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Night and Day and Night

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Ever since I was a nursing student I knew the rhythm and mood of night shift was the one for me. I never liked waking up at the crack of dawn to hustle into the hospital and wait for the day’s chaos to unfold. Day shift was always too crowded, chaotic, noisy. Too many orders, busy work, and other time-consuming things that got in between me and the nursing care of my patients. I quickly realized how much I instead preferred coming into work at the end of the day. The visitors had all gone home, the patient’s procedures were completed and they were all tired out and ready for a good night’s rest. With the greatest of optimism I hoped it would lead to a peaceful shift of me watching and caring for the patients on my unit. This is a best case scenario.

Many people who do not work night shift, including my own mother, have the idea in their head that patients sleep all night. They imagine the nurses are there to tuck people into their beds, possibly read them a bedtime story, and sternly “Shush!” any potential noisemakers between the hours of 11 pm and 7 am. This was apparently true in the TV hospital shows of the 1960’s through 1980’s. From “Emergency!” to “General Hospital” you would see nurses in their starched white uniforms and caps, sitting at the nurses’ station, drinking coffee, smoking cigarettes and trading one-liners with visiting EMT’s and MD’s. They charted in a comfortably seated position for hours on end, getting up as needed to dramatically walk to a random spot in the hall and have a plot point conversation with another character. Or perhaps they would stroll to the cafeteria for a leisurely meal, unconcerned with the time and schedule of patient medications, treatments, procedures and so forth.

This is not the case in the real world. Realistically, nurses oftentimes can barely find the time to run to the bathroom in a 12 hour timeframe. Lunch in the cafeteria? Not happening.  Charting is done piecemeal in 30 second to three-minute spurts, usually while standing. If you’re lucky you might have one knee on a chair while you chart. Then off you go, because the call lights are endlessly ringing. There is less staff available on off shifts. Patients don’t sleep at night. Beds need changing. People have to go to the bathroom. People are in pain. People have insomnia. People get sick. The doctor needs to be called. Orders need to be acknowledged. Medications need to be located and dispensed. New patients are admitted to the unit at all hours. My mom doesn’t understand how this is true. I think she watched too many episodes of “Emergency!” or “General Hospital” in her day.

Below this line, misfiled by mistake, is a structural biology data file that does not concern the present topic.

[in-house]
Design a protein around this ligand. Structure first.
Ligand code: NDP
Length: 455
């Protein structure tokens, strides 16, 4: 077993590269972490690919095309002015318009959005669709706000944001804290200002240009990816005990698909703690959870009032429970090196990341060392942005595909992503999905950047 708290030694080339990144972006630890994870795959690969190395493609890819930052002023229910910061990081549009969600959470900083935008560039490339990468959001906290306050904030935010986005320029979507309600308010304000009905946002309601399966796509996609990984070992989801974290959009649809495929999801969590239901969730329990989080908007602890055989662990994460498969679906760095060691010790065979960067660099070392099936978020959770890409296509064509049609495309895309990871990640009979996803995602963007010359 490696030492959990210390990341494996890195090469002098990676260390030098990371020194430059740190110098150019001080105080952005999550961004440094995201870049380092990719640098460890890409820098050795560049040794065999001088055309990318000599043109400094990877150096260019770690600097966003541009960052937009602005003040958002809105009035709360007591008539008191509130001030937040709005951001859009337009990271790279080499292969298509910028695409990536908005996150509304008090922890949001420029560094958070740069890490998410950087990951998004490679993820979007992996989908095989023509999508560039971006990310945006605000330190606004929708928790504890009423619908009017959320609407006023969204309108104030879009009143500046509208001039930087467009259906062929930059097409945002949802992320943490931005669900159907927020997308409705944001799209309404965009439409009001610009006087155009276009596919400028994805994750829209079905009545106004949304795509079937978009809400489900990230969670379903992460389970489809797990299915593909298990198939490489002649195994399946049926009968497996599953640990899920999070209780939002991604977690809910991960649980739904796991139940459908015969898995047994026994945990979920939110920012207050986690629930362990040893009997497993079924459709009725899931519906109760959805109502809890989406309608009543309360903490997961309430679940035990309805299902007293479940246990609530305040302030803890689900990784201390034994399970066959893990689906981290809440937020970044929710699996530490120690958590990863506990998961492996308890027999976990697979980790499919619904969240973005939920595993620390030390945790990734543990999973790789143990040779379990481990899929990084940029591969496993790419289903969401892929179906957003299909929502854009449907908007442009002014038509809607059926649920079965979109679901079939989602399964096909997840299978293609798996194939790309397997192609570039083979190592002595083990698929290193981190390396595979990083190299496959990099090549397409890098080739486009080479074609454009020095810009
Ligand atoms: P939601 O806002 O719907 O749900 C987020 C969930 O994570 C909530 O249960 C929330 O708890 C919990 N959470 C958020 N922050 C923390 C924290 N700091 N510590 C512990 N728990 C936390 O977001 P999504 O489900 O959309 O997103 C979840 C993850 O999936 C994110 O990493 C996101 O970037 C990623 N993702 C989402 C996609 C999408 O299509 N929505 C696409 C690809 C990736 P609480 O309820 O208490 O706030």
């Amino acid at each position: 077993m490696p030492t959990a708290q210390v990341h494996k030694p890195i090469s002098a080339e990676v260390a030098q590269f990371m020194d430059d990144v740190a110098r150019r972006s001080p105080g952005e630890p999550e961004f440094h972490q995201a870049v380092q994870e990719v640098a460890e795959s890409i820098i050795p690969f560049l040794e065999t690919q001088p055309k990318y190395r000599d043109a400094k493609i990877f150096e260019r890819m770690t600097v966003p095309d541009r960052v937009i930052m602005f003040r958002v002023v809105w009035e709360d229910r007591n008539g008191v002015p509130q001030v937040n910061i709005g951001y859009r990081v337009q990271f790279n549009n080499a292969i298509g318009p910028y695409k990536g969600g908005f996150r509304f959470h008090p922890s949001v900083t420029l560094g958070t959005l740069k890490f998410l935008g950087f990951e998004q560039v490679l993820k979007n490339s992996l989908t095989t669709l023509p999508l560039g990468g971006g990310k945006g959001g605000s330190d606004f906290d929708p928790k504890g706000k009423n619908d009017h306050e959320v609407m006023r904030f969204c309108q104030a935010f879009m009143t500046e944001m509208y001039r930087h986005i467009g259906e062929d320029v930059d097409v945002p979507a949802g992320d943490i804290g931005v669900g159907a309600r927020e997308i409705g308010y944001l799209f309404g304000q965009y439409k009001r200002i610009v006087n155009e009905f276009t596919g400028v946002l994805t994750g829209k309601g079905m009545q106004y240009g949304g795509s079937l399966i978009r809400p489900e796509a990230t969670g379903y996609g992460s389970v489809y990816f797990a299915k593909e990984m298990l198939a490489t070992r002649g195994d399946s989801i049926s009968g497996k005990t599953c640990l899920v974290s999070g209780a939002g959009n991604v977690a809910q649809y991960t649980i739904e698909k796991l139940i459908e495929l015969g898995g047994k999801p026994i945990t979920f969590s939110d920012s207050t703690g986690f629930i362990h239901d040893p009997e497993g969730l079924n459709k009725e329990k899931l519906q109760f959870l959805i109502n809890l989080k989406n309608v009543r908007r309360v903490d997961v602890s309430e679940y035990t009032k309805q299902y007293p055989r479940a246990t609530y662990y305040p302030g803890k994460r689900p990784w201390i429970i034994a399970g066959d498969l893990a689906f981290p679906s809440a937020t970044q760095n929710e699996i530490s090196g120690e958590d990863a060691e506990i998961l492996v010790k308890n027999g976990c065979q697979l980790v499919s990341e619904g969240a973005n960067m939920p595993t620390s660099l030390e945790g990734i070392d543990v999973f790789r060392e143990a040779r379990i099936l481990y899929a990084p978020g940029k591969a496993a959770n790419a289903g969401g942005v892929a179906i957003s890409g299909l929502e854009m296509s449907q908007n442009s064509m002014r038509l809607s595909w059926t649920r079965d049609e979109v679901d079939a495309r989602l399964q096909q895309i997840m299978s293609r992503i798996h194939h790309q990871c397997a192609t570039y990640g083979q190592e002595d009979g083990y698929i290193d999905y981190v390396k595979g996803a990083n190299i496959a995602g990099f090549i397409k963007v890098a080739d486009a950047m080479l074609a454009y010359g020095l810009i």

However, this is the general flow of night shift. You have great teamwork because there are fewer hands on deck. You get to know your patients better and there are fewer distractions in your work. There is only one problem I’ve never gotten used to on night shifts, and it doesn’t even happen on night shift. It happens the next day. This problem is finding a way to get your full night’s rest during the middle of the day.

Non-night shift working people (aka most of the world) don’t understand what is so hard about sleeping during the day. “Boy, I could sleep all day if I had the chance,” is what they’ll say. But sleeping in the day means you are trying to block out all light, noise and thoughts of what the rest of the world is up to while also falling into a deep sleep state. This is nearly impossible.

The rest of the world doesn’t understand why it can’t mow their lawn, bounce a basketball for 40 minutes straight, call your house, and ring your doorbell repeatedly. I’ve awakened to the smell of burning toast and was sure the house was on fire, so I tear out of bed and start evacuating my family. Perhaps my kids are squabbling. The garbage truck stops by. These are all necessary functions of the rest of the world and they cannot stop because I need to get sleep.

So, I try earplugs, an eye mask, closing the door, running a fan and/or air conditioner. Sometimes I get rest, most times I do not. I want to know what my kids are doing, I’d like to enjoy some time with my family. Because my body is in two different time zones at once, I am hungry in the middle of my “nighttime” sleep because it is actually lunch time in the real world time zone. So, I get up to make a sandwich and decide to check my e-mail. Then I notice the dishes need to get into the dishwasher. I have to make a phone call. And I’d like to visit with my kids for a while. This goes on and on until I have very little time to get my sleep before I need to “wake up” and start my night shift work. After reading this paragraph you can now better understand why I am not getting the sleep I should be getting right now, instead of typing this essay